22 that moment on made the thing extremely difficult was
23 there was then a Mail on Sunday article by Mr Gilligan
24 that then named Alastair Campbell as the person who had
25 done this effectively. I cannot remember -- there was

22
1 some huge great headline.
2 Q. We have seen the article.
3 A. Yes. What that then did was -- you already have this
4 extraordinarily serious allegation which, if it were
5 true, would mean we had behaved in the most disgraceful
6 way and I would have to resign as Prime Minister. Then
7 what you had was a very specific allegation, and putting
8 Alastair Campbell into this.
9 Now, if I can say this with all sort of due
10 deference to the media and everyone, I mean the
11 insertion of Alastair's name was -- once you then put
12 that into the pot along with everything else, you have
13 something that is no longer a small item. There is the
14 person who is a BBC correspondent saying specifically
15 that his source for this someone in charge of drawing up
16 the dossier had named Alastair Campbell as the person
17 who put it in.
18 The combination of those things, both the original
19 report and then the Sunday newspaper follow-up, to be
20 frank, ever since then that has been the issue. I mean,
21 we are three months on and it is still the issue.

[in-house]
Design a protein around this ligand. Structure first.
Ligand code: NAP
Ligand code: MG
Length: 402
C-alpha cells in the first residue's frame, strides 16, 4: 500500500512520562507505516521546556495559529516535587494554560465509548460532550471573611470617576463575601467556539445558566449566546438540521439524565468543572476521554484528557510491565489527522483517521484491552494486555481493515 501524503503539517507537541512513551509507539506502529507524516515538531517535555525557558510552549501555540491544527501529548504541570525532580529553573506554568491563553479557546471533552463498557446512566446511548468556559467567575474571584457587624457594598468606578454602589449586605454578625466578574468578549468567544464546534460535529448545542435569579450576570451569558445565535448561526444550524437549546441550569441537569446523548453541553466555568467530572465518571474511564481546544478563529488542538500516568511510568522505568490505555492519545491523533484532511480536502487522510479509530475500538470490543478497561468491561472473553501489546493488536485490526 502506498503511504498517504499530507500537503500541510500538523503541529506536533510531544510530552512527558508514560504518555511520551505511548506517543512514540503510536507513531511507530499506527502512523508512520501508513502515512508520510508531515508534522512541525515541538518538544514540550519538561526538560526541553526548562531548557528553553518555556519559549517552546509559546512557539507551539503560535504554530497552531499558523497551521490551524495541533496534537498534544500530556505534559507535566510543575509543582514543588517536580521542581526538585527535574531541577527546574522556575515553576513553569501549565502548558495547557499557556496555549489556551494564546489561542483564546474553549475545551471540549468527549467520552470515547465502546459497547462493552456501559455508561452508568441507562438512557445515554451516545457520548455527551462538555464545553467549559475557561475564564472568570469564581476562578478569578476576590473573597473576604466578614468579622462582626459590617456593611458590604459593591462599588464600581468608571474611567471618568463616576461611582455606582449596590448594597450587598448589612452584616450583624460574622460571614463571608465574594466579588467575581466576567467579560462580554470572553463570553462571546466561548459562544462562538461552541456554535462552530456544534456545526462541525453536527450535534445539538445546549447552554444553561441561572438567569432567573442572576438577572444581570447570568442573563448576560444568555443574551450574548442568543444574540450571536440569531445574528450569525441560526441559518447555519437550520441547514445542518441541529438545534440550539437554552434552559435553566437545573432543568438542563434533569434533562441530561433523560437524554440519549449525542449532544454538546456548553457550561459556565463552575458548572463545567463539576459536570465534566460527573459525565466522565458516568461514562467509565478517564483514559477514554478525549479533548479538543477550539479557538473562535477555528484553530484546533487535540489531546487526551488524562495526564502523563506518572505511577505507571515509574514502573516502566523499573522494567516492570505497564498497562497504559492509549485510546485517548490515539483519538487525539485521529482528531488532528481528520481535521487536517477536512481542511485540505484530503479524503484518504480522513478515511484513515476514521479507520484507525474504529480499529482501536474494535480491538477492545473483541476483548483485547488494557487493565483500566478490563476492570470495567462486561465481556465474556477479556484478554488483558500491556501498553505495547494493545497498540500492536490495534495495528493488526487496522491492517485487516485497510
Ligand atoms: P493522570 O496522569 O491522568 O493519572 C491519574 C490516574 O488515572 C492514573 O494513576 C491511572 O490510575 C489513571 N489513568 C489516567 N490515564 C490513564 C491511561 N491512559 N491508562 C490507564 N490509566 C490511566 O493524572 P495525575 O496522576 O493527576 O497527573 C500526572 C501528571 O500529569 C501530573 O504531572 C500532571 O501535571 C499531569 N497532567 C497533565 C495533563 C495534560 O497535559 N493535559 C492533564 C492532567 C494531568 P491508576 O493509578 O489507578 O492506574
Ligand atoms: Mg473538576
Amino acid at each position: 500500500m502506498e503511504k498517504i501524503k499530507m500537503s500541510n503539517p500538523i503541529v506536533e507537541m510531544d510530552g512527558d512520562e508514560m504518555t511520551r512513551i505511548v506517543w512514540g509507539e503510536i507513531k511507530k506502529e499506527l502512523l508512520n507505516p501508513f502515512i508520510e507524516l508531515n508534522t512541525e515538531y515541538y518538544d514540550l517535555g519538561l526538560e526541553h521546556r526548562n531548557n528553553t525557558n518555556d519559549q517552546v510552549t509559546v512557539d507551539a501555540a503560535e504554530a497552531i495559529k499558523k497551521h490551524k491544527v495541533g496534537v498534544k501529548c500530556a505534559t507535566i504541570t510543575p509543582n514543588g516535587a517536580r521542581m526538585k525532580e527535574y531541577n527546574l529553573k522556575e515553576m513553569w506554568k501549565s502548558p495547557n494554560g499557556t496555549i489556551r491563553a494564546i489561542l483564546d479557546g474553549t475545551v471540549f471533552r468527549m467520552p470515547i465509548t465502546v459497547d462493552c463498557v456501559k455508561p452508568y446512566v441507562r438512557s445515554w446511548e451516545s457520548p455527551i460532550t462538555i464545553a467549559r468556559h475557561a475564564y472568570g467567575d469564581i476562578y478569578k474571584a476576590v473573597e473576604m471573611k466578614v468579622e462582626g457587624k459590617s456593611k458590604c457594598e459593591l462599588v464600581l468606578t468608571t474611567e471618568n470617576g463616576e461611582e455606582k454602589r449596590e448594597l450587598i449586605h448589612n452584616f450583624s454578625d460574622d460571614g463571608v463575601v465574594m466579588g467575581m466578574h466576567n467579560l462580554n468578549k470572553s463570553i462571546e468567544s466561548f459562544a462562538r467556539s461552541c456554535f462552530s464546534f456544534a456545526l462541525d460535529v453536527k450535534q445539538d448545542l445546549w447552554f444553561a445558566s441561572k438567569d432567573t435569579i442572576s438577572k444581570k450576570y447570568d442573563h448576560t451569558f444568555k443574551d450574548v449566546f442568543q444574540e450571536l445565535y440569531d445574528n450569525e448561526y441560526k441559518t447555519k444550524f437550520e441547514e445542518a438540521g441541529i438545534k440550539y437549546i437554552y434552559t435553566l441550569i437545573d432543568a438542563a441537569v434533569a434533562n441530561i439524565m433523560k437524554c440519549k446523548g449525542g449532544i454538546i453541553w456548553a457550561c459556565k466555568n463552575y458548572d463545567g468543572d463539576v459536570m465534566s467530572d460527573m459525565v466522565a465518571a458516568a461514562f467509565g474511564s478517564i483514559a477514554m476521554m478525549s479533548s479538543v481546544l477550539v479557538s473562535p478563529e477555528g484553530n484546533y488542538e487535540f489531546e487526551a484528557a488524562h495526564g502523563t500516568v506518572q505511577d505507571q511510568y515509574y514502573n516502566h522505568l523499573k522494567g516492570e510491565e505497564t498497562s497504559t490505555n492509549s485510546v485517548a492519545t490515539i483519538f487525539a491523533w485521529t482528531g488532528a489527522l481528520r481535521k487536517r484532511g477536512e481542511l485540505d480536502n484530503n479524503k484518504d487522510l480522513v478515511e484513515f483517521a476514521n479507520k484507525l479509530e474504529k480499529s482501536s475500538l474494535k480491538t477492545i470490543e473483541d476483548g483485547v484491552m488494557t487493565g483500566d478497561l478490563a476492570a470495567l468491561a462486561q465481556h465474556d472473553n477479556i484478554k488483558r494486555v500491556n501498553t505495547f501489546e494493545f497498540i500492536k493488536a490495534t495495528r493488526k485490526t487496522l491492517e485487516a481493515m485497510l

22 Q. You considered, I think we have heard from Mr Campbell,
23 putting this to the Intelligence and Security Committee,
24 in a way of dealing with the issue; is that right?
25 A. Well, what happened then was we were then in a complete

23
1 and full storm. I do not make any criticism at all of
2 the opposition parties, everybody, but by the time we
3 got to Monday in the Parliament, it was more or less
4 a given that this is what had happened, that
5 Alastair Campbell had actually produced the
6 intelligence, not the Joint Intelligence Committee.
7 Well, unsurprisingly that was a pretty big issue.
8 There was a raging storm going on. And it was clear,
9 because there were a lot of calls for inquiries, there
10 was going to have to be some sort of inquiry into it.
11 I thought that the Intelligence and Security Committee
12 were the right people to deal with this. I thought they
13 were the best people to deal with it. I thought they
14 would deal with it in a sensible way, and I also thought
15 this is within a fairly narrow compass of fact. We
16 either did this thing or we did not do this thing. So,
17 if they were able to look at it, and make a decision,
18 then that would be the best way of dealing with it.
19 Q. Now, in fact while on CAB/1/158, if we scroll down to
20 the bottom of that page, we can see comments that you
21 made to Parliament on 4th June, extracts from Hansard,
22 again denying in vigorous terms the story.
23 A. Hmm.
24 Q. Going over the page to 159, and I think it is the second
25 paragraph, it says this:

24
1 "Rather than having allegations made by anonymous
2 sources that are completely untrue, is not it better